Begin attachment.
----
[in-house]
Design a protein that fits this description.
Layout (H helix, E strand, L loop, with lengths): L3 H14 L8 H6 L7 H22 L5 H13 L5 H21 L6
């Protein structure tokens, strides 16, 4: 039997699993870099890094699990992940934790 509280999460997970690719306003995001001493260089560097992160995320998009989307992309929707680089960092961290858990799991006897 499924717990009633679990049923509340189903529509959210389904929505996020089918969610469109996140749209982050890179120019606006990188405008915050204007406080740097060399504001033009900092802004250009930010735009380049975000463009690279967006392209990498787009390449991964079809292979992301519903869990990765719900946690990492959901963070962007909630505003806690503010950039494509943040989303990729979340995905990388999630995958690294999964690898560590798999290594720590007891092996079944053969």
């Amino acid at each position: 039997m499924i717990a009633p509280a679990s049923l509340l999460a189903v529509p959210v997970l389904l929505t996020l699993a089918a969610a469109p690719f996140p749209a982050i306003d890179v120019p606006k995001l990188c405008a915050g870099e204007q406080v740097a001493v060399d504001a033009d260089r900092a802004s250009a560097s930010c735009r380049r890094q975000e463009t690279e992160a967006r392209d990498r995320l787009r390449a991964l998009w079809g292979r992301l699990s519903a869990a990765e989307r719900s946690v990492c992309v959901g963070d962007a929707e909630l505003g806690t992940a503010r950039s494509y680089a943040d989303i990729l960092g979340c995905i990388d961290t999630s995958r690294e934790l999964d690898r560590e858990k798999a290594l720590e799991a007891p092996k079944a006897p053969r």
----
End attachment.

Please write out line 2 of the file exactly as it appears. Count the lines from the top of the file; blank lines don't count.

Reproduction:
Design a protein that fits this description.